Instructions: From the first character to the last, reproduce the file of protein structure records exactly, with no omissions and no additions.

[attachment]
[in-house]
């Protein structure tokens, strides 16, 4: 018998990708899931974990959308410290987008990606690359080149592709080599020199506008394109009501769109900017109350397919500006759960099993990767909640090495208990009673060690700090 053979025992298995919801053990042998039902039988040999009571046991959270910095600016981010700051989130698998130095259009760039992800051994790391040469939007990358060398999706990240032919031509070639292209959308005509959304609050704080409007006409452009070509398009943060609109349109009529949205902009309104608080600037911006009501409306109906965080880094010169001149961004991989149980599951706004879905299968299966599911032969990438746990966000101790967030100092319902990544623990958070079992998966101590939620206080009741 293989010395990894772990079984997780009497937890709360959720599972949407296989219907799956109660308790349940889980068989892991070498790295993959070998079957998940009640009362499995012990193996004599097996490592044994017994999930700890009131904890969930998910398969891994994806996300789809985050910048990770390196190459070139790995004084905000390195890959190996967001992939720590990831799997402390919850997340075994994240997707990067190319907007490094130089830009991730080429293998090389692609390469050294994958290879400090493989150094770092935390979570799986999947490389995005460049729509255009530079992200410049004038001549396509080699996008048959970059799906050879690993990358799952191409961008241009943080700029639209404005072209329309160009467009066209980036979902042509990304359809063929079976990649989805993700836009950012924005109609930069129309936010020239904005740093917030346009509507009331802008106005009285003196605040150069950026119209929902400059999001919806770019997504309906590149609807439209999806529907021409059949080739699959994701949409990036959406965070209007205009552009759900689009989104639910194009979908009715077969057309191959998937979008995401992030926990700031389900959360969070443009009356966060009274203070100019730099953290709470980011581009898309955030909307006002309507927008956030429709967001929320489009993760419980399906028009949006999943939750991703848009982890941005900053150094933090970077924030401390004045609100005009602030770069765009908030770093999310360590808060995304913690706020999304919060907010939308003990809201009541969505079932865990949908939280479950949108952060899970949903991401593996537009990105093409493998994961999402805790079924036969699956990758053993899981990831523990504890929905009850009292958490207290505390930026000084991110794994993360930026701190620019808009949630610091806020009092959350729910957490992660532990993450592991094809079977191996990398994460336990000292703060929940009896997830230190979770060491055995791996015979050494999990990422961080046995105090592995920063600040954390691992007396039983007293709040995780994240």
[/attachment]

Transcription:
[in-house]
């Protein structure tokens, strides 16, 4: 018998990708899931974990959308410290987008990606690359080149592709080599020199506008394109009501769109900017109350397919500006759960099993990767909640090495208990009673060690700090 053979025992298995919801053990042998039902039988040999009571046991959270910095600016981010700051989130698998130095259009760039992800051994790391040469939007990358060398999706990240032919031509070639292209959308005509959304609050704080409007006409452009070509398009943060609109349109009529949205902009309104608080600037911006009501409306109906965080880094010169001149961004991989149980599951706004879905299968299966599911032969990438746990966000101790967030100092319902990544623990958070079992998966101590939620206080009741 293989010395990894772990079984997780009497937890709360959720599972949407296989219907799956109660308790349940889980068989892991070498790295993959070998079957998940009640009362499995012990193996004599097996490592044994017994999930700890009131904890969930998910398969891994994806996300789809985050910048990770390196190459070139790995004084905000390195890959190996967001992939720590990831799997402390919850997340075994994240997707990067190319907007490094130089830009991730080429293998090389692609390469050294994958290879400090493989150094770092935390979570799986999947490389995005460049729509255009530079992200410049004038001549396509080699996008048959970059799906050879690993990358799952191409961008241009943080700029639209404005072209329309160009467009066209980036979902042509990304359809063929079976990649989805993700836009950012924005109609930069129309936010020239904005740093917030346009509507009331802008106005009285003196605040150069950026119209929902400059999001919806770019997504309906590149609807439209999806529907021409059949080739699959994701949409990036959406965070209007205009552009759900689009989104639910194009979908009715077969057309191959998937979008995401992030926990700031389900959360969070443009009356966060009274203070100019730099953290709470980011581009898309955030909307006002309507927008956030429709967001929320489009993760419980399906028009949006999943939750991703848009982890941005900053150094933090970077924030401390004045609100005009602030770069765009908030770093999310360590808060995304913690706020999304919060907010939308003990809201009541969505079932865990949908939280479950949108952060899970949903991401593996537009990105093409493998994961999402805790079924036969699956990758053993899981990831523990504890929905009850009292958490207290505390930026000084991110794994993360930026701190620019808009949630610091806020009092959350729910957490992660532990993450592991094809079977191996990398994460336990000292703060929940009896997830230190979770060491055995791996015979050494999990990422961080046995105090592995920063600040954390691992007396039983007293709040995780994240």